Leeds Industrial Museum

There has been corn and fulling mills on this site from at least 1559. It is reckoned that the largest fulling mill of its day was constructed here in 1788 by Thomas Lloyd, a Leeds Merchant. Benjamin Gott purchased the facility in 1804, but only had it a few months before it was destroyed by fire. Despite the setback Benjamin Gott rebuilt the mill using the most modern fire safety precautions of the day that entailed vaulted masonry floors supported on cast iron beams. The present mill dates from 1804-5 and in its day, the way the water power was used, was considered the most advanced in the country with regard to the structural and mechanical engineering utilised.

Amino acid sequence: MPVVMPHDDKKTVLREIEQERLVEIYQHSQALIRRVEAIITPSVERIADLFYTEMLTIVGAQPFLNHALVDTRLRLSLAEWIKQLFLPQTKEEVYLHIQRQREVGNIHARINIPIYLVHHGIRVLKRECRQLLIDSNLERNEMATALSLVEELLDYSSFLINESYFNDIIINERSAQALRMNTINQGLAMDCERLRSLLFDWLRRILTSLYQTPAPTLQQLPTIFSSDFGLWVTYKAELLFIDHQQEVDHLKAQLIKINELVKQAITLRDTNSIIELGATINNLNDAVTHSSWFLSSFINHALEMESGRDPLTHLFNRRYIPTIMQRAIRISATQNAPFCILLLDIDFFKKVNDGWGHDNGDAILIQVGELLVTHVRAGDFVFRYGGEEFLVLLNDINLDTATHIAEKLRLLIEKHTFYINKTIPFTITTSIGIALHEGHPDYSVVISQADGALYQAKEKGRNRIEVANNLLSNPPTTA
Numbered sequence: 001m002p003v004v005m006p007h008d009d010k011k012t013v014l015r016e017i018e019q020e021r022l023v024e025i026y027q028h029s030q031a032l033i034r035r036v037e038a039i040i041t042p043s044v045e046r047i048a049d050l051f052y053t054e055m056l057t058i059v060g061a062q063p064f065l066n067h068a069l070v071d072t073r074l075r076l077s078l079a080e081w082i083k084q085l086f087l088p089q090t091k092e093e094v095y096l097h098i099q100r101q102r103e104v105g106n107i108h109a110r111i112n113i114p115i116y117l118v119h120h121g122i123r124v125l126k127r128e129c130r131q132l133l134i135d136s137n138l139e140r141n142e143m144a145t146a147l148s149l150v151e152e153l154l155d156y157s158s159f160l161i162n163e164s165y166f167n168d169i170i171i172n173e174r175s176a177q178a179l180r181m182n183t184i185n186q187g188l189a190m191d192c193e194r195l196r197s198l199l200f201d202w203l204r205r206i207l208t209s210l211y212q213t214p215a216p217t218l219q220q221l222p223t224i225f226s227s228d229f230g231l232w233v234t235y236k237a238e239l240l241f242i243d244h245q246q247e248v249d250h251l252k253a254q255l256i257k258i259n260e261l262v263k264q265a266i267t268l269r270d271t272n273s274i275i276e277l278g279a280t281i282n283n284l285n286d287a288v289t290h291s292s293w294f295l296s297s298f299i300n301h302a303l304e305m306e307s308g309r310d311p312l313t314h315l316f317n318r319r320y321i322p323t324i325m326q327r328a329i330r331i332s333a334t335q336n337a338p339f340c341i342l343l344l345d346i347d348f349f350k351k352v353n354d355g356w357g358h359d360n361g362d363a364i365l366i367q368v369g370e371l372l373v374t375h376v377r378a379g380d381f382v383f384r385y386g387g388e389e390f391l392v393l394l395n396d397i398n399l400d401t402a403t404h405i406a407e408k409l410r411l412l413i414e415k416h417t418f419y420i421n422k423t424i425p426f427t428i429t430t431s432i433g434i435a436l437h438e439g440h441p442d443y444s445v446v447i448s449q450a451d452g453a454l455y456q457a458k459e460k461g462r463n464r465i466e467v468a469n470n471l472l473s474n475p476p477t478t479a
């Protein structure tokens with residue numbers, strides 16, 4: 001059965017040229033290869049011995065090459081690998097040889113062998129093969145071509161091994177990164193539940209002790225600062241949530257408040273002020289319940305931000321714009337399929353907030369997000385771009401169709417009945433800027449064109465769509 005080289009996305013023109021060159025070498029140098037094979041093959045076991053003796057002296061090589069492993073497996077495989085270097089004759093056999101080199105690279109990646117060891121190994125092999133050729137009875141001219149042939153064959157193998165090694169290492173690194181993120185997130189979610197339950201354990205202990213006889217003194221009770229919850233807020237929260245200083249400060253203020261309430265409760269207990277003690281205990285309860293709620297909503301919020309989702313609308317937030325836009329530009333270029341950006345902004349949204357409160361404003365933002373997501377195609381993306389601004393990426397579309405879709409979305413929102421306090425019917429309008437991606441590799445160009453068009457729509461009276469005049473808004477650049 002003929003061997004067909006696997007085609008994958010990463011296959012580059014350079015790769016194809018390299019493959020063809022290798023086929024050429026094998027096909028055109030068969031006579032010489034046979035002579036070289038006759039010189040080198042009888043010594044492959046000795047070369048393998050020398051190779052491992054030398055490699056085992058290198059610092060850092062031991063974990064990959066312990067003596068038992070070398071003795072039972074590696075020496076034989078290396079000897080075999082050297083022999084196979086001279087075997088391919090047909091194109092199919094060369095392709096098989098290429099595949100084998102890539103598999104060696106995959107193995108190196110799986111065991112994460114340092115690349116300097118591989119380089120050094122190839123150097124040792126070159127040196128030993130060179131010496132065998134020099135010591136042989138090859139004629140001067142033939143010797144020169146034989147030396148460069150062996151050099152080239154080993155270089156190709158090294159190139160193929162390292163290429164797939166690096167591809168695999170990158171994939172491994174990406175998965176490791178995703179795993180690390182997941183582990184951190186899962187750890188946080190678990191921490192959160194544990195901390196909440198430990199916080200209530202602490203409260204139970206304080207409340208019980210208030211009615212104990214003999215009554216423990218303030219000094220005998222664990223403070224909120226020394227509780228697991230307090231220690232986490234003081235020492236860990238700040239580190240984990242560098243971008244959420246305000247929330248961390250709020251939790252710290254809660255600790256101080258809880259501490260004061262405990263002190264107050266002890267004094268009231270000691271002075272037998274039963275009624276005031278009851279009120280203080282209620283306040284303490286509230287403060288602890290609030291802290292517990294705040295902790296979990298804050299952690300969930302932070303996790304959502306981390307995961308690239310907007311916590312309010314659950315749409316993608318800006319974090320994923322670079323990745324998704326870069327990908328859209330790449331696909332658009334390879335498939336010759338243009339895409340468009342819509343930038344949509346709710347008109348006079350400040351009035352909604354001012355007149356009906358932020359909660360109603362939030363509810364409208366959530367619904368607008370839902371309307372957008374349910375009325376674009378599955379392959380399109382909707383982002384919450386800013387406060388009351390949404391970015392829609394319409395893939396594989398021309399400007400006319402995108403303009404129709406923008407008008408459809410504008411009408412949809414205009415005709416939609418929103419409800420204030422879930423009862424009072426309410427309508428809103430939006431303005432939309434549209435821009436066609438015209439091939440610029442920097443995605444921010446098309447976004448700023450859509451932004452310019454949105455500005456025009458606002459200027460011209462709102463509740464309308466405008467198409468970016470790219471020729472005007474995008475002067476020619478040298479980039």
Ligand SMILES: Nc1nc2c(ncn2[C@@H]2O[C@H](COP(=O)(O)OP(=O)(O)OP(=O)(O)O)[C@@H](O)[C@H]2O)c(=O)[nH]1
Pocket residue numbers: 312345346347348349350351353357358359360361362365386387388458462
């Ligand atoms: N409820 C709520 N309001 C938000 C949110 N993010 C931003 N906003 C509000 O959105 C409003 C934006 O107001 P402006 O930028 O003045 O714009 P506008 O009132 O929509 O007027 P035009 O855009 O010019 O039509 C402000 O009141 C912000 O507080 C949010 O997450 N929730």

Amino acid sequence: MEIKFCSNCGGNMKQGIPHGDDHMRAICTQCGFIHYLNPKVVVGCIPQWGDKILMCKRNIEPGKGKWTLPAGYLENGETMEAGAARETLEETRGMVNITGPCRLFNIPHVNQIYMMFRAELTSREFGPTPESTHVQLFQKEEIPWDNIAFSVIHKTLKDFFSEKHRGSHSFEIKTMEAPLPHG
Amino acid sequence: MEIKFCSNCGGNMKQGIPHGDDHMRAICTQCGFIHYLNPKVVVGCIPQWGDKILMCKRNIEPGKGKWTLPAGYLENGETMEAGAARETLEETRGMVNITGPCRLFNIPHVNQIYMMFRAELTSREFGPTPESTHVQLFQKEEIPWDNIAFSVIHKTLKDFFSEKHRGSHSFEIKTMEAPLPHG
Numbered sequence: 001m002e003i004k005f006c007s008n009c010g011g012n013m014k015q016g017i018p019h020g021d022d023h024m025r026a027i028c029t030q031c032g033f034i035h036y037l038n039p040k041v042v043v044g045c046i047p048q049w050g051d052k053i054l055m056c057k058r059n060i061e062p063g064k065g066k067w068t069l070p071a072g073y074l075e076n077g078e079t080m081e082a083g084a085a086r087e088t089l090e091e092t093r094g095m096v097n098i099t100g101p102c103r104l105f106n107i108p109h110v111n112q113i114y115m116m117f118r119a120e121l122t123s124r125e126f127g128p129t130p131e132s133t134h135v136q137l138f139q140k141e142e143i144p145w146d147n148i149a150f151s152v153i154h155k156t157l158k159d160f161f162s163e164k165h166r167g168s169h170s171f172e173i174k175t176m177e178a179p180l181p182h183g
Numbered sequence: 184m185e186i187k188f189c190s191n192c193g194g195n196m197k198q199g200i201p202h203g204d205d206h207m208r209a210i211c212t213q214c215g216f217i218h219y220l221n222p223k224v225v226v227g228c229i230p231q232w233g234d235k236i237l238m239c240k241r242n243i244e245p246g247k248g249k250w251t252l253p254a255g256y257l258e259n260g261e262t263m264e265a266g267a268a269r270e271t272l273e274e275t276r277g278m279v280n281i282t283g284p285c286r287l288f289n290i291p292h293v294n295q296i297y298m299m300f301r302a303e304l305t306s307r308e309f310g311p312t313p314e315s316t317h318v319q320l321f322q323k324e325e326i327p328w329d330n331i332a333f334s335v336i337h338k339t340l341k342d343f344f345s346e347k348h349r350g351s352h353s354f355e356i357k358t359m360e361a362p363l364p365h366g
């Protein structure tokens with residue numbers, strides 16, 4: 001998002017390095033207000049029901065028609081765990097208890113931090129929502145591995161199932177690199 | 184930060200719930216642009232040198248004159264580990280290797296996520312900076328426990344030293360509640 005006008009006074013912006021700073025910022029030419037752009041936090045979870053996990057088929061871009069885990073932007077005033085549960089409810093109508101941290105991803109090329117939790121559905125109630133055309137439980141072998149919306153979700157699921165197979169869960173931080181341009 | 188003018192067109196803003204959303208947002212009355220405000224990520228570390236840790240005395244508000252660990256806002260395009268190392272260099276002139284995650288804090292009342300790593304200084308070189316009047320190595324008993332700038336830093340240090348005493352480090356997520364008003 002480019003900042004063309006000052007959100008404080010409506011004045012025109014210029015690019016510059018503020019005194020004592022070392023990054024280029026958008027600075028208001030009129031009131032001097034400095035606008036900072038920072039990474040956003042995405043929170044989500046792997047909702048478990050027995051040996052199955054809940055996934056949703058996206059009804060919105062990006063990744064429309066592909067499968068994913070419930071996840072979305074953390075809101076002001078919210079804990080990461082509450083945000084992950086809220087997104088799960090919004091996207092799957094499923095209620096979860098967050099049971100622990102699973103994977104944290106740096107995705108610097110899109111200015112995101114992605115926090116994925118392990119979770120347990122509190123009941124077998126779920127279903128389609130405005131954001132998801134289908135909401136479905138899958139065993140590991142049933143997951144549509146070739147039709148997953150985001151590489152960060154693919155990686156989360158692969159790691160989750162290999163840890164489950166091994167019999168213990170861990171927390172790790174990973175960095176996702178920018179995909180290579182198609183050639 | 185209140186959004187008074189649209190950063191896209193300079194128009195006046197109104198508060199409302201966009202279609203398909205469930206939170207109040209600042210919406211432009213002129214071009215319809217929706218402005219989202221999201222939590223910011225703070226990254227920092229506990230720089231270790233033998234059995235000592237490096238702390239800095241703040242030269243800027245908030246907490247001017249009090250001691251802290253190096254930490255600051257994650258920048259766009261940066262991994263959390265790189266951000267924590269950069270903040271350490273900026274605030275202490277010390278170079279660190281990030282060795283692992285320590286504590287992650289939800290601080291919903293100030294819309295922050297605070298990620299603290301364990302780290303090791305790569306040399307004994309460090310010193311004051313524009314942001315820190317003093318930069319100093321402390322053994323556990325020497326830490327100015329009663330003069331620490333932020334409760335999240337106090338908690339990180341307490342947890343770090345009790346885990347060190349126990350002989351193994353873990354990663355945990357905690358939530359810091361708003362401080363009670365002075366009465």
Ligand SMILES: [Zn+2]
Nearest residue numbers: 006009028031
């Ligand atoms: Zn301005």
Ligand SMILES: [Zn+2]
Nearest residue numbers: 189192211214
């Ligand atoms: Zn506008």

Today the mill has been converted into the Leeds Industrial Museum with galleries illustrating the local textile, engineering, tanning and printing trades. Besides working waterwheels, the museum also has a 1920's cinema, beam engines,  cranes and  locomotives.

The main mill building of the Leeds Industrial Museum as seen from the north

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West Leeds Country Park Part 1 - Granary Wharf to Bramley Fall Woods